Neurocognitive impairment associated with alcohol use disorders: implications for treatment

Exp Clin Psychopharmacol. 2002 Aug;10(3):193-212. doi: 10.1037//1064-1297.10.3.193.


Between 50% and 80% of individuals with alcohol use disorders experience mild to severe neurocognitive impairment. There is a strong clinical rationale that neurocognitive impairment is an important source of individual difference affecting many aspects of addiction treatment, but empirical tests of the direct influence of impairment on treatment outcome have yielded weak and inconsistent results. The authors address the schism between applied-theoretical perspectives and research evidence by suggesting alternative conceptual models of the relationship between neurocognitive impairment and addiction treatment outcome. Methods to promote neurocognitive recovery and ways in which addiction treatments may be modified to improve psychosocial adaptation are suggested. Specific suggestions for future research that may help clarify the complex relations between neurocognitive impairment and addiction treatment are outlined.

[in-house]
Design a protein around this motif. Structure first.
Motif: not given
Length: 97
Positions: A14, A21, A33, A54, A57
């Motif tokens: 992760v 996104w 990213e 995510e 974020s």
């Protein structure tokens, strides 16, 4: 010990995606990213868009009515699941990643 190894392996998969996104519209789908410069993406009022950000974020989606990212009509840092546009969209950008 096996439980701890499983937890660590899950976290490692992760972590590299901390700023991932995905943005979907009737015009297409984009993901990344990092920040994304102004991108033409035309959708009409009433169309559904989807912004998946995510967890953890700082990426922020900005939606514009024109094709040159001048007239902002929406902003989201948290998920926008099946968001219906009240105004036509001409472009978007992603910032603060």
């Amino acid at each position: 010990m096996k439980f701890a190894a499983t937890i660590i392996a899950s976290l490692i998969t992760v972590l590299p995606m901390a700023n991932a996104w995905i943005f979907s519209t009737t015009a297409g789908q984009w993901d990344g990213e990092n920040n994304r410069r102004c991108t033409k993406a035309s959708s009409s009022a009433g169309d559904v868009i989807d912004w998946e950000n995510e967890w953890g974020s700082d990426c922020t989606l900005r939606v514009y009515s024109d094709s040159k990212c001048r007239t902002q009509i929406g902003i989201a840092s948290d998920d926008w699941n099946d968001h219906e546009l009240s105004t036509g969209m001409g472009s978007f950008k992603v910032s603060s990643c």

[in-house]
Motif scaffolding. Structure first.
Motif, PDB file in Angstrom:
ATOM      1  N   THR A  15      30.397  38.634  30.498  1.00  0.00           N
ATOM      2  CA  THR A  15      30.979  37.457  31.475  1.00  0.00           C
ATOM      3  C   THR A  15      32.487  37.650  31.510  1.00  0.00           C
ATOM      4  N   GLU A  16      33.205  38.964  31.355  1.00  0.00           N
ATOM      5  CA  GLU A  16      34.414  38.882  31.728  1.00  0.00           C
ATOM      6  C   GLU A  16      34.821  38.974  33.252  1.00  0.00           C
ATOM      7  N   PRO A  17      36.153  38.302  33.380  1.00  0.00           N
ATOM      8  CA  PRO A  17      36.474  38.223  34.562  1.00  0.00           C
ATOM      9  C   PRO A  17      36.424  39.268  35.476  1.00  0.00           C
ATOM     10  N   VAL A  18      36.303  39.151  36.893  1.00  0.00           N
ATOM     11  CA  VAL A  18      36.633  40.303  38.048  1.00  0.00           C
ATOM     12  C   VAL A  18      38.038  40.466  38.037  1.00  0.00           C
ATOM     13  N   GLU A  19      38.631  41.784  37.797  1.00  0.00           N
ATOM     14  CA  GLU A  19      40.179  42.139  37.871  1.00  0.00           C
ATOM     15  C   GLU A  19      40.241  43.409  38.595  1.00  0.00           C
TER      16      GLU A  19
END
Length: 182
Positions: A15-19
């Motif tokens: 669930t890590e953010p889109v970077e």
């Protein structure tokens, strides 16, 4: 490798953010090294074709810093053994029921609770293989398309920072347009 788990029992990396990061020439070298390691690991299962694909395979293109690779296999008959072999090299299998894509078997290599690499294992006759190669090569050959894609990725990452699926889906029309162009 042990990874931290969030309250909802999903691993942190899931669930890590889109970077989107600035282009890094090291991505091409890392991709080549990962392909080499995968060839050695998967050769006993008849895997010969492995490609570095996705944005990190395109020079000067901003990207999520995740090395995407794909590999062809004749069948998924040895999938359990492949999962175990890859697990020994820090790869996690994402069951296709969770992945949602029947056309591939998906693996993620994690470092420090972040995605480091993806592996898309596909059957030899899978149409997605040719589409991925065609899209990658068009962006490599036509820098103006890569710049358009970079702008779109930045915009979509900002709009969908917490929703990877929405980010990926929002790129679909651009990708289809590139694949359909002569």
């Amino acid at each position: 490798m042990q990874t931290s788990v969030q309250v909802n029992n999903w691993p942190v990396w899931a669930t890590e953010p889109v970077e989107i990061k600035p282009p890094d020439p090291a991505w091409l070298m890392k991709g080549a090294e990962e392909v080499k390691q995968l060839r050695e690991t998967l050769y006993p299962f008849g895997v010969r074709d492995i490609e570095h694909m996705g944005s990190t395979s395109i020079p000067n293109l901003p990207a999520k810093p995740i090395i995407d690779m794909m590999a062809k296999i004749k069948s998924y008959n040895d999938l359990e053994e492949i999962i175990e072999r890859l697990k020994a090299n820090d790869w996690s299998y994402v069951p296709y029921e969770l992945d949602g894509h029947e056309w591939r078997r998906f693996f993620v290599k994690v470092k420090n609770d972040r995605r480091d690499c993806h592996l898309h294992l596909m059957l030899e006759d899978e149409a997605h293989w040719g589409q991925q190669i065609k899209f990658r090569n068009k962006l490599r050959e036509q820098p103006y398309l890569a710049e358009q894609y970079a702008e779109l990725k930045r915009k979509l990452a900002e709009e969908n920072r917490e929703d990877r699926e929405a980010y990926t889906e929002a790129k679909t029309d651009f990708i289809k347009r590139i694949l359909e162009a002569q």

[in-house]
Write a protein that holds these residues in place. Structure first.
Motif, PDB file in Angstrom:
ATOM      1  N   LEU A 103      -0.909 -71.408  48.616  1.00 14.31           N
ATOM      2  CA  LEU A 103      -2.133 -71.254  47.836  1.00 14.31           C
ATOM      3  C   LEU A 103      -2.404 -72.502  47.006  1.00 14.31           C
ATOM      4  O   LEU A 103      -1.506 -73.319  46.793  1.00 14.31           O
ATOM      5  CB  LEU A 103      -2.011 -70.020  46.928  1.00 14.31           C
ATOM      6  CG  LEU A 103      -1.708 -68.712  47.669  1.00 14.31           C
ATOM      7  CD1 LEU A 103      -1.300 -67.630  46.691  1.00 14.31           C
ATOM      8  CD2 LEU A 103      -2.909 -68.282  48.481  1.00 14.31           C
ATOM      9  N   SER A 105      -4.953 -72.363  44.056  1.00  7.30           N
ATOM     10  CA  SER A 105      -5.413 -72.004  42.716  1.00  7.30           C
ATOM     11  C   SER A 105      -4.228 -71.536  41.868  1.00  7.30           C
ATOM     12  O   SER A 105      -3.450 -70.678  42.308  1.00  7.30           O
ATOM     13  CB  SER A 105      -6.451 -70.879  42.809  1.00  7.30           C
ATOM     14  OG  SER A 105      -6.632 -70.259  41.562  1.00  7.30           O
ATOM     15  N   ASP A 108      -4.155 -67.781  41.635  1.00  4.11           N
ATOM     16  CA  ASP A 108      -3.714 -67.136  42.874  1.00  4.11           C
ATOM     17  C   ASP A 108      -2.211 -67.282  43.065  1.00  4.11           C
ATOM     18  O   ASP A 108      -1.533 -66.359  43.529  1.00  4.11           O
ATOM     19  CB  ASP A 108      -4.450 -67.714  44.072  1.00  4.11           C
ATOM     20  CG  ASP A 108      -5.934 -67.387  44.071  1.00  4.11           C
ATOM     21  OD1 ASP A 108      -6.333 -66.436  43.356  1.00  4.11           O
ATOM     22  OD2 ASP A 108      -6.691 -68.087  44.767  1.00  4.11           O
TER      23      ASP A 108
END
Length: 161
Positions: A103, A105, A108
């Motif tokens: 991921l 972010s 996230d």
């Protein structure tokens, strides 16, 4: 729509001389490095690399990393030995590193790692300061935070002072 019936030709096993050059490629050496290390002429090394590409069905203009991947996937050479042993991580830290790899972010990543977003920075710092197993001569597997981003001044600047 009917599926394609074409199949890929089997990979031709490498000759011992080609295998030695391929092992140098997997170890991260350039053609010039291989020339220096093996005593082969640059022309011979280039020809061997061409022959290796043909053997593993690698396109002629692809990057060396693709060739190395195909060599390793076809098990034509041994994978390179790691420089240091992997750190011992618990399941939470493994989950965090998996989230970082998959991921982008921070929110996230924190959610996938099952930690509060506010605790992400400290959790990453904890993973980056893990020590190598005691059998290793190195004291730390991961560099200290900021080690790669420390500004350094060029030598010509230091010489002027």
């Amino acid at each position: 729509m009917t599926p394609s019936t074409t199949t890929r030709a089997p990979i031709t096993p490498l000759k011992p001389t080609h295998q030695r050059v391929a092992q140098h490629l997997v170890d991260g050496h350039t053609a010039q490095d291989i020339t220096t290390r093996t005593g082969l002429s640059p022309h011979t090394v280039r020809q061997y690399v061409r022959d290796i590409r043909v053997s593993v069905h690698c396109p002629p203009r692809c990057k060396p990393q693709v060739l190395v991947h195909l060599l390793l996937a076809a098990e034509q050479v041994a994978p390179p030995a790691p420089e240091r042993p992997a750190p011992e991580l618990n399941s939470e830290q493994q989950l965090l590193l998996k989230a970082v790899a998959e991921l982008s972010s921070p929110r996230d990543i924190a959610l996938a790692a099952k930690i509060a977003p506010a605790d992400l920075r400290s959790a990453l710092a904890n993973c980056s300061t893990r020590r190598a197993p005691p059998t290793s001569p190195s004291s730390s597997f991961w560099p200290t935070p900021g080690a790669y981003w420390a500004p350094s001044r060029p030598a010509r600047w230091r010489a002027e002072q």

Publication types

  • Research Support, Non-U.S. Gov't
  • Research Support, U.S. Gov't, P.H.S.
  • Review

MeSH terms

  • Alcoholic Neuropathy / pathology
  • Alcoholic Neuropathy / physiopathology
  • Alcoholic Neuropathy / psychology*
  • Alcoholism / pathology
  • Alcoholism / psychology*
  • Alcoholism / rehabilitation
  • Animals
  • Brain / pathology
  • Cognition Disorders / chemically induced*
  • Cognition Disorders / psychology*
  • Humans
  • Neurophysiology
  • Neurotransmitter Agents / physiology
  • Patient Education as Topic
  • Treatment Outcome


  • Neurotransmitter Agents